How To Create Killer Content on SharePoint

How To Create Killer Content on SharePoint

If you create content they will come. Well, maybe they'll come, but, if the content isn't engaging, they won't stay. We talk a lot about the technology behind SharePoint, but the technology is all about enabling the business. And, when it comes to SharePoint, content is king. Unless it's not. 

If you create content they will come. Well, maybe they'll come, but, if the content isn't engaging, they won't stay. We talk a lot about the technology behind SharePoint, but the technology is all about enabling the business. And, when it comes to SharePoint, content is king.

Unless it's not.

I've been in the publishing business for more than 25 years. I've seen a lot of changes during that time, but I've always held that, in the end, quality counts. A piece that's fair and balanced, that's relevant, that's interesting, and that's free from spelling, grammar and punctuation errors will get respect. It will get passed around, and people look for more of its kind. A piece that's none of these things could brand the writer--or the organization he/she is writing for--as amatuerish, sloppy, untrustworthy.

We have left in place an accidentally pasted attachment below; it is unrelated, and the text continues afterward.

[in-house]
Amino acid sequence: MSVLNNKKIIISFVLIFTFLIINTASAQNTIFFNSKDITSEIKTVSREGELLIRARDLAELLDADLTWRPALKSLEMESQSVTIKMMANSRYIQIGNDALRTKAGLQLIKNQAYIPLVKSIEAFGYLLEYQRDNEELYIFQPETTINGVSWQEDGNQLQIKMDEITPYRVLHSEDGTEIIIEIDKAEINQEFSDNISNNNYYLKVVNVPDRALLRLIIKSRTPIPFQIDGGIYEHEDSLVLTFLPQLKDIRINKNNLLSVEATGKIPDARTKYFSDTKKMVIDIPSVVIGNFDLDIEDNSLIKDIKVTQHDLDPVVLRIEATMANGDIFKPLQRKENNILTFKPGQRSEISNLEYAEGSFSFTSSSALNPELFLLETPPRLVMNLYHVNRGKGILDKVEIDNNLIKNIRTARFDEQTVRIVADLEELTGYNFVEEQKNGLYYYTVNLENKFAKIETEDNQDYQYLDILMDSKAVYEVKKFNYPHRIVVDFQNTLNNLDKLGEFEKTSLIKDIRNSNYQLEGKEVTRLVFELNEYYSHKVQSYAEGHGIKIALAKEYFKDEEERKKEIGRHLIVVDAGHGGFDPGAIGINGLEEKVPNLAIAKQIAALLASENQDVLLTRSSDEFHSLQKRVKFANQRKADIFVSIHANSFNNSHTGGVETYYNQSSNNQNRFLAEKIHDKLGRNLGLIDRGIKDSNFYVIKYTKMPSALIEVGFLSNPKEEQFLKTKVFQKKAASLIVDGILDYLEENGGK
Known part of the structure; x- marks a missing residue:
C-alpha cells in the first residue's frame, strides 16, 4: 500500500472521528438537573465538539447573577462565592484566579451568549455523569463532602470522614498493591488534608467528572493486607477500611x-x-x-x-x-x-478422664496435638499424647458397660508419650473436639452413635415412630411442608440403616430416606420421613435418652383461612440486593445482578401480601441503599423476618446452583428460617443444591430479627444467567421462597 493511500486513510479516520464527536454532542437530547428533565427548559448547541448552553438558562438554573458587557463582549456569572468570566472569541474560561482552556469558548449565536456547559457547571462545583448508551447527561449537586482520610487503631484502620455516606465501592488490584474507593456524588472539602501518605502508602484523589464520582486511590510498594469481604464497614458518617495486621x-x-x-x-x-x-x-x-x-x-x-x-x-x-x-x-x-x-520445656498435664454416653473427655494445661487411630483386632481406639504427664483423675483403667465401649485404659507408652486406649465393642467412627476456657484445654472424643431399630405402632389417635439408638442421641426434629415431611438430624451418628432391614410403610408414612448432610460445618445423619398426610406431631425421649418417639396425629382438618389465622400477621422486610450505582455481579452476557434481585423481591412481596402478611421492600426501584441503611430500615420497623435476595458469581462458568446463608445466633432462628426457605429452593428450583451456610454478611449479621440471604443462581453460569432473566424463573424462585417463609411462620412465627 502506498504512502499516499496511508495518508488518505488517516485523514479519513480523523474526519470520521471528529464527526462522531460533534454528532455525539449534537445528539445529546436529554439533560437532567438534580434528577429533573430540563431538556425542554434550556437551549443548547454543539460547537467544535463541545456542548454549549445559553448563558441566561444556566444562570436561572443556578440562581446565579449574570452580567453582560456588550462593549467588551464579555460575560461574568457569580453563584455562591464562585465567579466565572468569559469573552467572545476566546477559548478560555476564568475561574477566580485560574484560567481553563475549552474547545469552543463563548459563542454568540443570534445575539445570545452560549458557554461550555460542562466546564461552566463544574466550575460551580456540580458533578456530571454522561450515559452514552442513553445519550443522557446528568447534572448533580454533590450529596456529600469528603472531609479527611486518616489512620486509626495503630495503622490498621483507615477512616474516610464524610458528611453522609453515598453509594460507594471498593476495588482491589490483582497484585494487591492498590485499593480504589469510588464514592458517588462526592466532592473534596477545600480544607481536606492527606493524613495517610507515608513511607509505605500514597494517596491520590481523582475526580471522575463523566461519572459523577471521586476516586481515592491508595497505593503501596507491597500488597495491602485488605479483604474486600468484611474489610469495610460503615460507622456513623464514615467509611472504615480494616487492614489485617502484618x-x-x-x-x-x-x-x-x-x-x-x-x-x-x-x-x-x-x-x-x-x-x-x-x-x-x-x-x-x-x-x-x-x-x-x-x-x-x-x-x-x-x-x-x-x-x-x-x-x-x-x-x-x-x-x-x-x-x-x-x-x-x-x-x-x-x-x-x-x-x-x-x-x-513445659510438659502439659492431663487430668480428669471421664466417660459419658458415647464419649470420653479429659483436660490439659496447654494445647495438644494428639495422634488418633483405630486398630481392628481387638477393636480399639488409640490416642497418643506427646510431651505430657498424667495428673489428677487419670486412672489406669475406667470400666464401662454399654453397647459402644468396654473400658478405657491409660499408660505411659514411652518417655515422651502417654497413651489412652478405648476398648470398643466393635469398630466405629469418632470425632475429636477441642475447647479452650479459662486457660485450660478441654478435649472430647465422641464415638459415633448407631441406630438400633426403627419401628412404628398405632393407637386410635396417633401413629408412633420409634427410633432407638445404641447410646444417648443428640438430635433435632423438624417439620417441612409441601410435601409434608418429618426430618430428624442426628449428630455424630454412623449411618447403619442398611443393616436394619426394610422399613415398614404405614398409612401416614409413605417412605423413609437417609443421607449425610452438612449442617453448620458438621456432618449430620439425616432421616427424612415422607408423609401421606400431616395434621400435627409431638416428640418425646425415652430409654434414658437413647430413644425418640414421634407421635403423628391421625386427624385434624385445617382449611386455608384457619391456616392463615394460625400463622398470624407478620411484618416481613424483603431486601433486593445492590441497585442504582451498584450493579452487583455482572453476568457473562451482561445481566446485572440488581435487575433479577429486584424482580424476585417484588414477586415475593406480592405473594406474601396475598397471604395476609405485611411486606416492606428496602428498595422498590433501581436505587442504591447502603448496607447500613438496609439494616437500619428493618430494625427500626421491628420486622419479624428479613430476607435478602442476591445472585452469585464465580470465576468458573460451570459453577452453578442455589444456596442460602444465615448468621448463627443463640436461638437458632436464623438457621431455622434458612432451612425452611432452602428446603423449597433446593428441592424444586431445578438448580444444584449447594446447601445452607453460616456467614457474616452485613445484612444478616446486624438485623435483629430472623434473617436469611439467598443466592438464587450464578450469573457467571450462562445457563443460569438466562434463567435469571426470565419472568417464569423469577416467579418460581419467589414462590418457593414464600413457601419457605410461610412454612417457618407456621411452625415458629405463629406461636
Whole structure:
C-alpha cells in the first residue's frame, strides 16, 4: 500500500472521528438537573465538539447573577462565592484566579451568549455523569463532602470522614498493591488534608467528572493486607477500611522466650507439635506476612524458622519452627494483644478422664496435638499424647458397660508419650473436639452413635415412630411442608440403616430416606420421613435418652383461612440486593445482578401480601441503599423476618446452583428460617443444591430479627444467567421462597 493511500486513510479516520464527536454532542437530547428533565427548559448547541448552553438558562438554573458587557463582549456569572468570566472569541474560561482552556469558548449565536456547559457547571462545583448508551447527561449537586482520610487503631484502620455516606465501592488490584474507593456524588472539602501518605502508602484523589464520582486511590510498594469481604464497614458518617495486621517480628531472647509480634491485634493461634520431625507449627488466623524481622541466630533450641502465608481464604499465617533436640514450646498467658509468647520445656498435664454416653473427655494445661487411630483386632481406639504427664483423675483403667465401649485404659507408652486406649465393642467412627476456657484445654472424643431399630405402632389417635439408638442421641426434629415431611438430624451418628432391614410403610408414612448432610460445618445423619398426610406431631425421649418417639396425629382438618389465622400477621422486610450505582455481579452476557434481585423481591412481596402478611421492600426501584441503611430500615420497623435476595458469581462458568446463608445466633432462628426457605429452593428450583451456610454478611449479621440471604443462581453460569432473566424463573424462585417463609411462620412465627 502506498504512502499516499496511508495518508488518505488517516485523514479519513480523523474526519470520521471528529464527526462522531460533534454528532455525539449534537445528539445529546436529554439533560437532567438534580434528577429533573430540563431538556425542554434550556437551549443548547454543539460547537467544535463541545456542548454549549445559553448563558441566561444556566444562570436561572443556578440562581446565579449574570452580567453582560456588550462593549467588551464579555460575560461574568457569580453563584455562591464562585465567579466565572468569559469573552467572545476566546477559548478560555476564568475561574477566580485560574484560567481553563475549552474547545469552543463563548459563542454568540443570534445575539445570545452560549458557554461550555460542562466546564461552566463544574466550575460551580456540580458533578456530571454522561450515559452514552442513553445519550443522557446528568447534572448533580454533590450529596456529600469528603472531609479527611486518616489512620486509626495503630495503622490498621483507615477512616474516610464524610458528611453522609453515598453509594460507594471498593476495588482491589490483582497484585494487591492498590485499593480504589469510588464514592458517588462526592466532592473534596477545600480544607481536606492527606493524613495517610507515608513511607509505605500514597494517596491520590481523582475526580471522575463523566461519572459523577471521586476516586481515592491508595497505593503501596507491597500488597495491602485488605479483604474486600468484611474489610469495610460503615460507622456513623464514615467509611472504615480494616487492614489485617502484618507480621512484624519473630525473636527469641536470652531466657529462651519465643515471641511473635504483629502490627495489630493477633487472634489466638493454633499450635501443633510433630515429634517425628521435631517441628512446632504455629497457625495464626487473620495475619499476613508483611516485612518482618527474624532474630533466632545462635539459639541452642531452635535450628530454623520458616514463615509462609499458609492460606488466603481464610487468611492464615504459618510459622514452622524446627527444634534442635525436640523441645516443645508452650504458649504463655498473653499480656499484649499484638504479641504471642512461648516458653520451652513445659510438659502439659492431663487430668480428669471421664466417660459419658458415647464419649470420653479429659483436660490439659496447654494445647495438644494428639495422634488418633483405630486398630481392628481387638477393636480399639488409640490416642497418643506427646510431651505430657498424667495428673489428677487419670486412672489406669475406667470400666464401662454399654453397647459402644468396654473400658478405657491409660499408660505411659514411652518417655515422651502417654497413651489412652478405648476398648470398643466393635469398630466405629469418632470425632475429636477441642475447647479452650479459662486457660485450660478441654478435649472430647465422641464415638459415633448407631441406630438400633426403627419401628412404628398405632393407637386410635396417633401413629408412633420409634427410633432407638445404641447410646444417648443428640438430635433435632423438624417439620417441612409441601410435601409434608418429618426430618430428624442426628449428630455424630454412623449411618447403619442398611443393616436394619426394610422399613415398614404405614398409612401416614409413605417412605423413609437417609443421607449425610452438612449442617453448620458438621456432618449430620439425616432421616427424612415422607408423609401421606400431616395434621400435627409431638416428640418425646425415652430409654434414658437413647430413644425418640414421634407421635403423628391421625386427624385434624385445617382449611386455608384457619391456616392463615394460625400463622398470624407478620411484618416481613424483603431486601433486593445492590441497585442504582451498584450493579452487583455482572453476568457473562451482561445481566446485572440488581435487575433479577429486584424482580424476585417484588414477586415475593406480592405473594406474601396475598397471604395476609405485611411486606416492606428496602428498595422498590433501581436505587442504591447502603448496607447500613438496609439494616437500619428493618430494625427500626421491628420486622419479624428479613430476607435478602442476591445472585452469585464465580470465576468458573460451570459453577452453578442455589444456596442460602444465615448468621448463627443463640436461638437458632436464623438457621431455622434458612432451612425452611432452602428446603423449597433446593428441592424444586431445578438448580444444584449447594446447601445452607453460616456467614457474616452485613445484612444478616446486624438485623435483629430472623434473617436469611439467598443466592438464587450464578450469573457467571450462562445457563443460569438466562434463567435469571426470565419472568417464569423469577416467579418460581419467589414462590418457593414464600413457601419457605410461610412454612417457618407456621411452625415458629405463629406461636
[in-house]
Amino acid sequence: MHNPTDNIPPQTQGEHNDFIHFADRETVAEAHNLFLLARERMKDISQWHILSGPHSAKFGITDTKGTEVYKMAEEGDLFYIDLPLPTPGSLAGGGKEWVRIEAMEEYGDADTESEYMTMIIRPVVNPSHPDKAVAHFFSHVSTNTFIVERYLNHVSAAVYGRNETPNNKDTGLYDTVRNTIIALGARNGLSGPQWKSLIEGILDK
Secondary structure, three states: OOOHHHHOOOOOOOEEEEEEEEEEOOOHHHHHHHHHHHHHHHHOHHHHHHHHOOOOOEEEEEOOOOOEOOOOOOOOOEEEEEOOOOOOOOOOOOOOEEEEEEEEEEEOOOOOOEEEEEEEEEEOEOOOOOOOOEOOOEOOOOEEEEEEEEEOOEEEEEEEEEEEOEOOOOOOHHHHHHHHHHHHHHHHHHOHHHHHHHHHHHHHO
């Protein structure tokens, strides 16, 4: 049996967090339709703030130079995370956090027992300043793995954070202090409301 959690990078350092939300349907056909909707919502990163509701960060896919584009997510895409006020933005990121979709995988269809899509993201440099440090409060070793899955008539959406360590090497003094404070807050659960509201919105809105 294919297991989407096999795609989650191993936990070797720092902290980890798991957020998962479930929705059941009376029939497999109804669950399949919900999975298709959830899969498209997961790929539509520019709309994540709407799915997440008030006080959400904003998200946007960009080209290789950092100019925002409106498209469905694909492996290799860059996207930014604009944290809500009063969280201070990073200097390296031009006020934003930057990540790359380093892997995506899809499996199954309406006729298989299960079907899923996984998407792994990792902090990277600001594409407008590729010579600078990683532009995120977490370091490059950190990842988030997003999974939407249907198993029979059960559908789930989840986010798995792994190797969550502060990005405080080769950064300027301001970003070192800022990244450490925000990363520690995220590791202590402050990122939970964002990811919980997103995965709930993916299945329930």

There's a lot riding on content--and that goes for everything from the 100-page whitepaper to an update to your workgroup to the quick text to your boss. Especially in an environment like SharePoint, you are what you write.

Here are five ways to raise the content bar. 

1. Make it original. It seems logical, but too many companies don't get it: If you want your content to stand out, it has to be different from everything else that's out there. Even if you are writing about a public event that every man, woman and child has mentioned on Facebook and Twitter, put your own unique spin on it.

2. Make it useful. People will read and pass along content that helps them do their jobs, makes them clearly understand a complex topic, or just helps them see something in a new and refreshing way. 

3. Keep it coming. Not only do you have to produce quality content, but you have to produce a steady stream of it. It's a good idea to set up a schedule for posting, especially when several different people may be posting to a single platform.

4. Be provocative. This is one of those "fine-line" deals. You want to write content that will elicit a reaction in your readers, but you don't want to overdo it. Where's the line? You kind of have to know it when you see it. When it doubt, ask a trused colleageue for his or her opinion before hitting the Publish button. 

5. Maintain a healthy conversation. Once you post your content, people may comment on it; they may reply and respond. In fact, you want people to comment on and share your content. Answering questions and providing additional insight will go a long way toward branding you as a go-to subject-matter expert.

I could go on and on, but I want to hear from you: What's worked on SharePoint, Yammer and other platforms in your organizations? Better yet, what's bombed? (We can all learn from each other's mistakes.) Please let us know in the comments section below.

 

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